I don't have much time, the boys are watching the Macy's Parade thingee. I wanted to show you these quickly before things get too busy around here:
There at the top is a lovely drawing Nick did at school. I often wonder what the schools would do without the deep and moving canon of heartwarming turkey iconography. Do they ever make the connection that we, uh, well, er... slay them, pluck them, eviscerate them and then eat them? I hope not.
That second image is from Zack and is, obviously, The Grinch Who Stole Thanksgiving. At least that's all I can figure. I think it's a rogue turkey on steroids.
Thanksgiving is easy to understand, essentially. Things get a little mixed up when kids begin to study it, what with the Pilgrims and Native Americans and all that. Honestly, they seem to get it, at its simplest level, and that's fine with me. Here's the story they understand: Dudes names Pilgrims came here, Natives accepted them and helped them and they had turkey and pie to celebrate. Basically a party.
The other night I watched a Frontline producion on PBS called 'Poor Kids' which tells the story of hunger and need from the perspective of kids in actual poverty. It was very difficult to watch and it wounded me in my most vulnerable place; that place where love and honor and decency, hope and charity and duty all meet to form the walls that protect our children. Sometimes those walls aren't built with enough integrity to stay up, sometimes they are not secured correctly and, sometimes, they have simply been forgotten.
The night after I watched it, I was doing laundry around here and was bitching in my head about how much there was to wash, eight friggin' loads to be exact. One of the kids in the documentary said: "If it wouldn't fit in my bookbag, I couldn't take it to the shelter."
One of the kids on the show said he missed his cellphone because "we move all the time so it's the only way I can keep up with my friends." I complain about how slow one of our computers is and I often wish I had a slick new iPad or a better scanner. We actually have three working computers and yet I feel the need to want more and better.
I watched as a Dad crouched in the cold, barehandedly working on his car, tried to decide what part of his car's brakes to fix, and what could last another few weeks, wondering what would be safest for his family. I sometimes wish I had a better truck or a slick SUV or a new mini-van.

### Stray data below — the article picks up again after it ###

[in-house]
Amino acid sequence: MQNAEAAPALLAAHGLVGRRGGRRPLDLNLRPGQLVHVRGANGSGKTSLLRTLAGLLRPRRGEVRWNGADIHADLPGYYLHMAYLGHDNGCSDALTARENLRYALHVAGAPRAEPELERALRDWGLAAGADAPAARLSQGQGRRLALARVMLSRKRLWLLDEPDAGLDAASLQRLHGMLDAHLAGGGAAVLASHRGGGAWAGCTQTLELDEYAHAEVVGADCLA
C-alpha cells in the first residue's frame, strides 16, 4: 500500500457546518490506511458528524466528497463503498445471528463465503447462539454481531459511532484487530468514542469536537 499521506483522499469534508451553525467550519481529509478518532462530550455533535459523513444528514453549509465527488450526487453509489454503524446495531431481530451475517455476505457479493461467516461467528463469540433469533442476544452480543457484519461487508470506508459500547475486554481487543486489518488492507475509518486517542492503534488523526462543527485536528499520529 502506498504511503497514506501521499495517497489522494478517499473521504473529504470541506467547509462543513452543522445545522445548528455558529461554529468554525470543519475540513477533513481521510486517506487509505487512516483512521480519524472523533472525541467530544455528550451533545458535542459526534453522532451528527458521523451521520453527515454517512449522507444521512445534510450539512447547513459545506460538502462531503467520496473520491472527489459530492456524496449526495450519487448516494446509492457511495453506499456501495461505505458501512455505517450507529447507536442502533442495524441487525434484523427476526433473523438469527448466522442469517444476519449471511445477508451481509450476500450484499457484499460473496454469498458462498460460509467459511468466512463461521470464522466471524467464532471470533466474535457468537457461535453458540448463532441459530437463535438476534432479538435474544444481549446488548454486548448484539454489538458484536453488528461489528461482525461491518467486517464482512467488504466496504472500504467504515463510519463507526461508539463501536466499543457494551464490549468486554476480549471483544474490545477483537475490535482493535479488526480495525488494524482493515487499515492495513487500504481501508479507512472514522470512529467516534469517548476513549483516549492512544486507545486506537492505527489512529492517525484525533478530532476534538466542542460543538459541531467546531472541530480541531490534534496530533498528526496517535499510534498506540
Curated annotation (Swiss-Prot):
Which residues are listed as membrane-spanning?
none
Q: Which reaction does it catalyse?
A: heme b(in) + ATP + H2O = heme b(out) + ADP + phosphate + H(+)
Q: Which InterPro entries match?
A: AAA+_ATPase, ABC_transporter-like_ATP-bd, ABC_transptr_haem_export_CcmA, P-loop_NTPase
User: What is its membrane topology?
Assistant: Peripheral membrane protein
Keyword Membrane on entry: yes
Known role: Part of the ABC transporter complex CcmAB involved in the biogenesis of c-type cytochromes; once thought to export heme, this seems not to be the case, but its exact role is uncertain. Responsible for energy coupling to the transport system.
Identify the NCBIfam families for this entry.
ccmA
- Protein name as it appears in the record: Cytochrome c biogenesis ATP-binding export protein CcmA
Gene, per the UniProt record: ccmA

One boy, nearly a man really, marveled at the irony of sometimes having cereal and no milk and other times, having milk and no cereal. Another girl spoke through tears about how sometimes she didn't want to get up in the morning because there was no breakfast. Sometimes, I wish we could eat more expensive steaks and fish and such; I wish we could go out more often or order carryout.
A newly homeless mother walked into a rented motel room and, although apparantly promised, there was no mini-fridge or microwave, and she wept in worry about that. The other day I went on a huge rant about how much I hated my stove and needed a new one, the very stove which was baking corn bread and cooking a nice pile of pork cutlets.
One little girl, the same one who didn't want to get up in the morning, spoke excitedly about how much she loved to dance and hoped someday to be a dancer or a cheerleader, all on an empty stomach. They showed some eerily moving footage of her practicing dance moves and tricks using the railroad tracks in her backyard as a makeshift balance beam. I complain we have to many toys and the boys complain they have too few.
I am not trying to bring you down with this, it's actually an attempt to lift you up, to lift us all up. I love Thanksgiving, not because of the turkey or the family, the memories or traditions, the pies or the Brussel sprouts. Although I love all those things, I love even more the face slap that is the weight and responsibility we all have to give thanks, not just today but, on a daily basis.
I was talking to Zack the other day about today and he said this. "The best part about Thanksgiving is that it reminds you what to do."
Yeah... it sure should.